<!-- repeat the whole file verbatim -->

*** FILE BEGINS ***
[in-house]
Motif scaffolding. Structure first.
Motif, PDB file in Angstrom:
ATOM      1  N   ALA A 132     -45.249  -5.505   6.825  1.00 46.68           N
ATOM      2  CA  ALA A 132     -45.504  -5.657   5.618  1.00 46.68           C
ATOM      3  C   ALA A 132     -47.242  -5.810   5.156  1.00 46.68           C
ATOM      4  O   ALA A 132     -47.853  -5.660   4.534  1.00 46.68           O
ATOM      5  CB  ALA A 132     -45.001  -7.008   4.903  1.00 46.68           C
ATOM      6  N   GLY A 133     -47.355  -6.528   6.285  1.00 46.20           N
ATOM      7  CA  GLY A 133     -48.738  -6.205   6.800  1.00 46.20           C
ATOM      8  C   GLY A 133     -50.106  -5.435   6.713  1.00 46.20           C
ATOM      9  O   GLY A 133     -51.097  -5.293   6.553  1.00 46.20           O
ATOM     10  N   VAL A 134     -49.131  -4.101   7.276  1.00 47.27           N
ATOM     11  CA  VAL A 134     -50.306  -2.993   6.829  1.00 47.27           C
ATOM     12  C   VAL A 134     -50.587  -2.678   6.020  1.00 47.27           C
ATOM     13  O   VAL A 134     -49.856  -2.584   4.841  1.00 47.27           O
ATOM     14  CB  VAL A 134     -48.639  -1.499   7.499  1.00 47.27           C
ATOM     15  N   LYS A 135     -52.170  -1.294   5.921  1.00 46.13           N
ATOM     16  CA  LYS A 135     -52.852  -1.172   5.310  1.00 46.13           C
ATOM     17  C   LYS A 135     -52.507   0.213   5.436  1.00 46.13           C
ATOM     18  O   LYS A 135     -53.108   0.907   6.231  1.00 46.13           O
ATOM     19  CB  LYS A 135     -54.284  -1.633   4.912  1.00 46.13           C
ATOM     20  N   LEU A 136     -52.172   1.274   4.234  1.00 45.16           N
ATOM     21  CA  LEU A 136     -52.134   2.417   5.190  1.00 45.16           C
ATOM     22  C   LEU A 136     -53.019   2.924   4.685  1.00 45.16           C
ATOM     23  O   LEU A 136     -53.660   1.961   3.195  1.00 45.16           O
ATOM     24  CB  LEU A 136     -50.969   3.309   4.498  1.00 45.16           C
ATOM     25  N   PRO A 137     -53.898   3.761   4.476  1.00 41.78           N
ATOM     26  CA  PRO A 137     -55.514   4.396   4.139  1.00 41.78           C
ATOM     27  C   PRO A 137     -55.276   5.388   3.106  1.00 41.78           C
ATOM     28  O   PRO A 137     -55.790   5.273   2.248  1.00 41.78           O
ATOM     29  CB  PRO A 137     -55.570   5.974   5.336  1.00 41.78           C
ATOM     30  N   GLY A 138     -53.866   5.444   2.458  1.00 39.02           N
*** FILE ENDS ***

[in-house]
Motif scaffolding. Structure first.
Motif, PDB file in Angstrom:
ATOM      1  N   ALA A 132     -45.249  -5.505   6.825  1.00 46.68           N
ATOM      2  CA  ALA A 132     -45.504  -5.657   5.618  1.00 46.68           C
ATOM      3  C   ALA A 132     -47.242  -5.810   5.156  1.00 46.68           C
ATOM      4  O   ALA A 132     -47.853  -5.660   4.534  1.00 46.68           O
ATOM      5  CB  ALA A 132     -45.001  -7.008   4.903  1.00 46.68           C
ATOM      6  N   GLY A 133     -47.355  -6.528   6.285  1.00 46.20           N
ATOM      7  CA  GLY A 133     -48.738  -6.205   6.800  1.00 46.20           C
ATOM      8  C   GLY A 133     -50.106  -5.435   6.713  1.00 46.20           C
ATOM      9  O   GLY A 133     -51.097  -5.293   6.553  1.00 46.20           O
ATOM     10  N   VAL A 134     -49.131  -4.101   7.276  1.00 47.27           N
ATOM     11  CA  VAL A 134     -50.306  -2.993   6.829  1.00 47.27           C
ATOM     12  C   VAL A 134     -50.587  -2.678   6.020  1.00 47.27           C
ATOM     13  O   VAL A 134     -49.856  -2.584   4.841  1.00 47.27           O
ATOM     14  CB  VAL A 134     -48.639  -1.499   7.499  1.00 47.27           C
ATOM     15  N   LYS A 135     -52.170  -1.294   5.921  1.00 46.13           N
ATOM     16  CA  LYS A 135     -52.852  -1.172   5.310  1.00 46.13           C
ATOM     17  C   LYS A 135     -52.507   0.213   5.436  1.00 46.13           C
ATOM     18  O   LYS A 135     -53.108   0.907   6.231  1.00 46.13           O
ATOM     19  CB  LYS A 135     -54.284  -1.633   4.912  1.00 46.13           C
ATOM     20  N   LEU A 136     -52.172   1.274   4.234  1.00 45.16           N
ATOM     21  CA  LEU A 136     -52.134   2.417   5.190  1.00 45.16           C
ATOM     22  C   LEU A 136     -53.019   2.924   4.685  1.00 45.16           C
ATOM     23  O   LEU A 136     -53.660   1.961   3.195  1.00 45.16           O
ATOM     24  CB  LEU A 136     -50.969   3.309   4.498  1.00 45.16           C
ATOM     25  N   PRO A 137     -53.898   3.761   4.476  1.00 41.78           N
ATOM     26  CA  PRO A 137     -55.514   4.396   4.139  1.00 41.78           C
ATOM     27  C   PRO A 137     -55.276   5.388   3.106  1.00 41.78           C
ATOM     28  O   PRO A 137     -55.790   5.273   2.248  1.00 41.78           O
ATOM     29  CB  PRO A 137     -55.570   5.974   5.336  1.00 41.78           C
ATOM     30  N   GLY A 138     -53.866   5.444   2.458  1.00 39.02           N